There are some Self-Help groups geared specifically towards helping people who have been born and/or raised in movements that are referred to as ‘high demand organisations’.
Keep in Touch (KIT) began as a round-robin newsletter for former members of The Bruderhof to keep in touch with one another. Many were shunned by the organisation and cut off from family and friends still inside the movement, hence ‘keeping in touch’ with other former members proved very popular. Subsequently, the newsletter developed into the Peregrine Foundation, an organisation that maintained a discussion forum, publishing house, organised meetings and reunions, and offered further assistance to those who had recently left The Bruderhof.
The Safe Passage Foundation (SPF) developed partly out of the now defunct website ‘Moving on’ – which was one of the first sites by and for former second-generation members of The Family International, formerly called the Children of God. One of the founding missions of the SPF is to assist second-generation former members in making the transition from life inside a ‘high demand organisation’ to life in ‘mainstream’ society. Although based in the United States, where it is registered as a charity, it has an international network and board of directors.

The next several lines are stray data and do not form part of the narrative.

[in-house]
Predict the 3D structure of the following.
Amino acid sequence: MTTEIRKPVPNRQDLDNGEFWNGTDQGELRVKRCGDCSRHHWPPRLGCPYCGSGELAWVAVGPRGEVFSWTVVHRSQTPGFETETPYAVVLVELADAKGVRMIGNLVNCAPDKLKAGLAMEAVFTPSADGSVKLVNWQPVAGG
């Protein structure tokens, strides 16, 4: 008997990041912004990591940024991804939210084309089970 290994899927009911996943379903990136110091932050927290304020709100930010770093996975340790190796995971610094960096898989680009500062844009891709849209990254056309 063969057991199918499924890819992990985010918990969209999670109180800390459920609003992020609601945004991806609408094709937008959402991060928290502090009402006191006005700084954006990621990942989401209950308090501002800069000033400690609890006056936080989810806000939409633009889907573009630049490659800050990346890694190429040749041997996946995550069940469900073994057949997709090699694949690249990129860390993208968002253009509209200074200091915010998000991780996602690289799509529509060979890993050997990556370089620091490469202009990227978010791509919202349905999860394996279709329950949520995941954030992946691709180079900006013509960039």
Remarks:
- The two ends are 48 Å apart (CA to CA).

The founding of the Safe Passage Foundation was followed by RISE International in the UK - also founded by former second-generation members of The Family International. These two organisations have now merged. RISE International works both to protect young people currently within ‘high demand organisations’ and to advise those who have left such groups and ‘wish to pursue justice for crimes committed against them’.
Many former members of other religious groups have created websites and/or discussion forums in order to spread information and offer support for others who plan to leave or have already left religious groups. These sites can be useful in that they offer information from an insider’s perspective, and frequently provide forums where people can post anonymously and communicate with former members about issues regarding the emotional and logistical difficulties involved in leaving a movement. There are countless such sites, and more appear almost on a weekly basis. Some examples are:
Starting out in Mainstream America Many people who leave 'high demand organisations struggle to adjust to 'mainstream society'. ICSA offers an online book to help orient those preparing to enter mainstream American society.
http://www.xfamily.org (former members of The Family International, formerly called the Children of God)
http://peebs.net/ (former members of the Exclusive Brethren)
http://www.exmormon.org (former members of the Church of Jesus Christ of Latter-day Saints – popularly known as Mormons)
http://www.ses-forums.org/ (discussion board for those who attended schools run by the School of Economic Science)
http://www.faithfreedom.org/index.htm (former Muslims)
http://leavescientology.blogspot.com/ (former Scientologists)
http://www.brahmakumaris.info (former Brahma Kumaris)
http://new.exchristian.net/ (former Christians)
http://www.exjw-reunited.co.uk/index.htm (former Jehovah’s Witnesses)